As previously touched on, when Zhan Wang collected the first specimens of extant Metasequoia in late 1943 he did not realise their significance, identifying the tree as Glyptostrobus pensilis. Wang’s specimens eventually made their way to the botanist W.C. Cheng, at the National Central University in Nanjing, and it was he who realised Wang’s identification was incorrect. Cheng dispatched one of his students to make further collections in spring 1946 and based on these concluded that the tree must be new to science, an opinion shared by Cheng’s colleague H.H. Hu. It was Hu who made the crucial link with Shigeru Miki’s fossil genus Metasequoia, paving the way for the formal publication of M. glyptostroboides in 1948, a so-called ‘living fossil’ (Ma 2002; Ma 2003). Even prior to 1948, as news of the discovery began to seep through the international botanical community the ‘living fossil’ excited interest. Professional and amateur botanists and dendrologists alike wanted it for their collections, and arrangements to secure a supply of seed were made even before the new tree had been formally described to science.
The first seed collections of M. glyptostroboides were made in 1947. These were commissioned by W.C. Cheng, supported by the simultaneous financial contributions made by Ralph Works Chaney of the University of California Berkeley, and Elmer Drew Merrill of the Arnold Arboretum, who respectively sent Cheng $25 and $250 for the purpose in June and July 1947. Cheng naturally pooled the cash and dispatched his graduate student C.T. Hwa to make collections that autumn. Hwa flew from Nanjing to Chongqing and then travelled onward by boat and on foot, eventually reaching Moudao on 12th September 1947. Over several weeks he made extensive seed collections amounting to several kilograms of seed, both from the ‘original’ isolated tree growing in the village, but mostly from a population he discovered nearby in an area since known as ‘Metasequoia valley’ (Ma 2003). He also collected seed of Taiwania cryptomerioides, which became the first introduction of the species from mainland China (Grimshaw 2011).
From this major gathering seed consignments were dispatched, not in one go but in several lots, during late 1947 and early 1948 to the Arnold Arboretum, as widely cited, but also directly to other Chinese institutions and to major foreign collections including the Royal Botanic Gardens at Kew and Edinburgh in the UK, to Missouri Botanical Garden in the US, and to botanic gardens, national arboreta and forestry agencies in countries including Denmark, the Netherlands, France, India, Australia and New Zealand (Ma 2003), many of which would have subdivided their shares yet again. The Arnold Arboretum famously subdivided its own share; Merrill sent on hundreds of packets of seed to 76 correspondents in institutions and private gardens throughout North America and Europe in March 1948, and further packets followed later (Ma 2003). It is not clear whether Merrill knew of the scale of direct distribution from China to other nations and institutions, nor whether he was aware that the first seed to arrive in a foreign country was probably that which arrived at the University of Copenhagen in Denmark and the Hortus Botanicus of Amsterdam in the Netherlands in late 1947, a few weeks before the first seed arrived in the US (Satoh 1998). Indeed, a letter in the archives at Birr Castle, Ireland, sent to the Earl of Rosse from China by Professor Hu in January 1948 included a small quantity of seed, which Professor Hu intimated may be the first to arrive in Europe (Ma 2003), suggesting that there was confusion even in China over who was sending what to whom, where and when.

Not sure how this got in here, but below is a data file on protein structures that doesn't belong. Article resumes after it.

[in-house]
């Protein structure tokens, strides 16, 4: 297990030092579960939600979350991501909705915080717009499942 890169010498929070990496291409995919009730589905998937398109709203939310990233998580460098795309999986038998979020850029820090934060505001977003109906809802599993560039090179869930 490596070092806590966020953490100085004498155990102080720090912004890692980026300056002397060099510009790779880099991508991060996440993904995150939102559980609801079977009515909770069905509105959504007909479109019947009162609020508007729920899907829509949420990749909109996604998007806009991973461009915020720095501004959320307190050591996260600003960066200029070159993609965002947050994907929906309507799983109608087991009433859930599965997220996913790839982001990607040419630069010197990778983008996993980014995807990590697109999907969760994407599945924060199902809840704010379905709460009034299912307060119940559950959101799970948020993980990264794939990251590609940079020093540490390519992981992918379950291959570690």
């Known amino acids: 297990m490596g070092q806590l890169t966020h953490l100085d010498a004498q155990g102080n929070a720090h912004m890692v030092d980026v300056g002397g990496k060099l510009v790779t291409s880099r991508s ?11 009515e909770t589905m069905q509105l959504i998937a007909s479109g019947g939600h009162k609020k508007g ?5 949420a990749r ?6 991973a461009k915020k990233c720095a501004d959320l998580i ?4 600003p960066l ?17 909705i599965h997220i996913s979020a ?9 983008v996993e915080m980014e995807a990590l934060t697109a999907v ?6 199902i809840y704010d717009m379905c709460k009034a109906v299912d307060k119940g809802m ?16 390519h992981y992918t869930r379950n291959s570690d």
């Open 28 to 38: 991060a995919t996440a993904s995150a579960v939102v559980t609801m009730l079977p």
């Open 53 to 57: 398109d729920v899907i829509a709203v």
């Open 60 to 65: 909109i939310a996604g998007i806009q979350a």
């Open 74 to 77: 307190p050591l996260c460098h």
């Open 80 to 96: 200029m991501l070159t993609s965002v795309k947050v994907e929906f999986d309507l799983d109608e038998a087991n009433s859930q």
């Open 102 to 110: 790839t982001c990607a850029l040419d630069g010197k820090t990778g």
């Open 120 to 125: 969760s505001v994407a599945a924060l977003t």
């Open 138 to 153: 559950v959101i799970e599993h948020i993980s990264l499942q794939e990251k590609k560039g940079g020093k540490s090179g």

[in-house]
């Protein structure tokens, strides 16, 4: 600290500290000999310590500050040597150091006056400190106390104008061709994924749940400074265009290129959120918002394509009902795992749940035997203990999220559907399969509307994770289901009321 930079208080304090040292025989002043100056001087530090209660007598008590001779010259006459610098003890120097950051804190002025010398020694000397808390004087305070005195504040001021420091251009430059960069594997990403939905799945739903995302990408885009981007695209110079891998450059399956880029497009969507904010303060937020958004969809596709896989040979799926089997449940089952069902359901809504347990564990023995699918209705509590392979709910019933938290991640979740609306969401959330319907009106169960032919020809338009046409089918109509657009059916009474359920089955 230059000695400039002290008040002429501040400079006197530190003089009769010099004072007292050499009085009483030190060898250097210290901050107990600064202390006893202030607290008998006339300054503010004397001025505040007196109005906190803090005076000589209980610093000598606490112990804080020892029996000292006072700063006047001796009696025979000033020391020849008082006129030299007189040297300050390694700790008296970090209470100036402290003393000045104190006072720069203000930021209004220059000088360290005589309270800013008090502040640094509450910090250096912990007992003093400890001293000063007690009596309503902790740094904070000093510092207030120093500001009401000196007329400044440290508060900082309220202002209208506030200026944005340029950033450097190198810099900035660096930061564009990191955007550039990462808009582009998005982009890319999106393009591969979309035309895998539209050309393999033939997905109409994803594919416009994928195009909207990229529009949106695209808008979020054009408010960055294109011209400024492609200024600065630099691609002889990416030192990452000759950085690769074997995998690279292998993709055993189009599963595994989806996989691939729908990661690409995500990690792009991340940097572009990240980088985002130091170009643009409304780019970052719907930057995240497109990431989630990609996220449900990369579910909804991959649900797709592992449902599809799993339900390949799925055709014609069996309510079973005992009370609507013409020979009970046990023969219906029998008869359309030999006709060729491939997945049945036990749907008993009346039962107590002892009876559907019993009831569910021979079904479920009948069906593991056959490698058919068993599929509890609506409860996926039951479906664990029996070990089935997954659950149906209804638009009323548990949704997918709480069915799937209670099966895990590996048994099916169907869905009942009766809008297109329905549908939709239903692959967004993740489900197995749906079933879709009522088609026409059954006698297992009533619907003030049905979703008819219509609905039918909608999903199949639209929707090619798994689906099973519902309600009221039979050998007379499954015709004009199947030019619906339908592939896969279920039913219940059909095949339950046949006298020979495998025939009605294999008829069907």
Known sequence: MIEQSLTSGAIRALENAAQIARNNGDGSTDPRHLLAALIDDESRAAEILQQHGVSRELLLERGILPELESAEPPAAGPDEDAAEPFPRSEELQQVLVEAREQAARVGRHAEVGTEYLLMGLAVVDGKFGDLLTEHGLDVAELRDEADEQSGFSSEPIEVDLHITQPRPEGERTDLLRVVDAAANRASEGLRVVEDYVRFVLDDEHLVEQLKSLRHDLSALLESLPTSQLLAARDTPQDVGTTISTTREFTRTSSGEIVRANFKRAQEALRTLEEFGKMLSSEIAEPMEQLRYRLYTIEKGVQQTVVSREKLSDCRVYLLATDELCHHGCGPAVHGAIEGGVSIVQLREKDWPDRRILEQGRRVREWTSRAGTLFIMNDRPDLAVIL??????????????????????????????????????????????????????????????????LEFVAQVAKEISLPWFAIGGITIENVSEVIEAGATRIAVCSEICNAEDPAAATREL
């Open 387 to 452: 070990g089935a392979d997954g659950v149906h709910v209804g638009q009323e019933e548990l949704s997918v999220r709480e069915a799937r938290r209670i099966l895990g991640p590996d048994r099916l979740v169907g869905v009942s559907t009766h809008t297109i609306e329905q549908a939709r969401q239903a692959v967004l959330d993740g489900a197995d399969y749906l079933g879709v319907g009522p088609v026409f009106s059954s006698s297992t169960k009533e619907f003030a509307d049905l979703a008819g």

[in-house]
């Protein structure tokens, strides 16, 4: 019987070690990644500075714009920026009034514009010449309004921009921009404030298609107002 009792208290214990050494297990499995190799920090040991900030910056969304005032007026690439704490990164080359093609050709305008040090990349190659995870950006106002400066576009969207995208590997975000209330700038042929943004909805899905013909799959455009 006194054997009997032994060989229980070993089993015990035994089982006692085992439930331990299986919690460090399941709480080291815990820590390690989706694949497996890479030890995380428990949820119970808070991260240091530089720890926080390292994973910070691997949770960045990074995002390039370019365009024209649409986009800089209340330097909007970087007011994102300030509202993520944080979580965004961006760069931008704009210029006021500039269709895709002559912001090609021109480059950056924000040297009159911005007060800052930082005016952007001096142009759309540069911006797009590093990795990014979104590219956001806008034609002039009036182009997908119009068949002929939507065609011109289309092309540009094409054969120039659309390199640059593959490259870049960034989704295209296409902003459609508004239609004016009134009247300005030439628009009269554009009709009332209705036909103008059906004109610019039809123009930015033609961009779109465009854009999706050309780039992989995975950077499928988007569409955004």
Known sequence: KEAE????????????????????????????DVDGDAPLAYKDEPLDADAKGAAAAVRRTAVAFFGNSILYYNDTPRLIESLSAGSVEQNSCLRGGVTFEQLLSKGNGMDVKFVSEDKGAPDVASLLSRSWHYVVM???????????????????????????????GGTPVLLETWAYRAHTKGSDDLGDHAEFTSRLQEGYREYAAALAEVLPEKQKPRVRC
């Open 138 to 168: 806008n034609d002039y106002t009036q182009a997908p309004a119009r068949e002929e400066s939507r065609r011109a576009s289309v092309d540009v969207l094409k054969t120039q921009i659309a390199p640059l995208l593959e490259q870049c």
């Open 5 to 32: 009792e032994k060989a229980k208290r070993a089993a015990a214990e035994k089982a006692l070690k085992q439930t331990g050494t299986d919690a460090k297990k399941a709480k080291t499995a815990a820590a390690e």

In spring 1948 Ralph Chaney himself left San Francisco to visit China, determined to see the habitat of the new tree and to make his own investigations. He travelled in the company of Milton Silverman, science correspondent for the San Francisco Chronicle, whose account of the expedition would be serialised in the US on their return and which captured the attention of the American public; the story even made its way into the high echelons of early television news, including as it did tales of arduous journeys and near-death experiences (Rubin 2016). Chaney returned to the US with yet further seed from Hwa’s gathering of the previous autumn (as he visited in spring he found no ripe seed) which he distributed among collections on the US west coast, but controversy followed in his wake.